Tell us how you incorporated experiential learning into your time at ALES.

The university has so many opportunities for experience outside of the classroom it’s difficult to pick and choose just one. The two main ways I took part in these opportunities was through the Mini-Internship program and through undergraduate research. The Mini-Internship program allowed me to work on a yak farm with two other animal health students where we got an unfiltered perspective on niche farming in rural Alberta. The program was really eye opening and incredibly easy to apply for. It also gave me some great pictures (that’s Brutus in my picture up there).

As for research, I have had the absolute privilege of working in two incredible labs during my time at the U of A. These two labs—the Human-Environment-Animal Transdisciplinary Antimicrobial Resistance research group and Climate Change and Global Health group—focus on antimicrobial resistance surveillance and climate change and global health respectively. Through these labs, I have been able to take part in important projects with the Intergovernmental Panel on Climate Change, present research at international conferences, and even conduct my own original research project on honey bees.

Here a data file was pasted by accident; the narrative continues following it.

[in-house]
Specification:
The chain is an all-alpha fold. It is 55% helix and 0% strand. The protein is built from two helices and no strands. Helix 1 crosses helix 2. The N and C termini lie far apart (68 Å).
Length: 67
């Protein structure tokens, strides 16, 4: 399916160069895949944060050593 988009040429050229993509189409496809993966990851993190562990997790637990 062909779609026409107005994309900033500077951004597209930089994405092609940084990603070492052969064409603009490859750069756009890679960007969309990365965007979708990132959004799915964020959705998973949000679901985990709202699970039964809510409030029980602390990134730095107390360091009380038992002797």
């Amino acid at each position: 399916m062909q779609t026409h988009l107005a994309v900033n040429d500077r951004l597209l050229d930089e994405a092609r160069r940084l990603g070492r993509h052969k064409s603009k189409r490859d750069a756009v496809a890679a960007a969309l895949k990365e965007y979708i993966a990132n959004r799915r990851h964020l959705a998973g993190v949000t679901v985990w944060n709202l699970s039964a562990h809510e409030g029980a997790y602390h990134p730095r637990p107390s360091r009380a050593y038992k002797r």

What is one piece of advice you would offer to a new student?

If I could offer one piece of advice to a new student, it would be to talk to your professors, especially once classes return in-person. I know this sounds cliché, but my journey in research would never have begun if I did not approach one of my second-year professors after class. This one relationship has completely changed my undergraduate journey, and even changed my career plan. Having a supervisor that takes a real interest in your undergraduate journey can be one of the biggest factors of success, both during school and after. Just be honest about your passions and aspirations; you never know where you could fit into a project.

What does the future hold for you? What are your long-term goals and aspirations?

I recently applied to a veterinary medicine program at the University of Calgary. Becoming a veterinarian has been a dream of mine ever since I got my first chicken; however, my experience in undergraduate research has helped me understand the growing need and wide-reaching implications of public health. My desire to explore this area of academia has led me to also apply for a masters program at the School of Public Health here at the U of A. Although I’m unlikely to take both at the same time, I hope to one day be able to combine these fields as a public health veterinarian. My experiences at the U of A have taught me the importance of communication within and between these two fields, and I’m optimistic my foundation in animal health will help me make a real difference.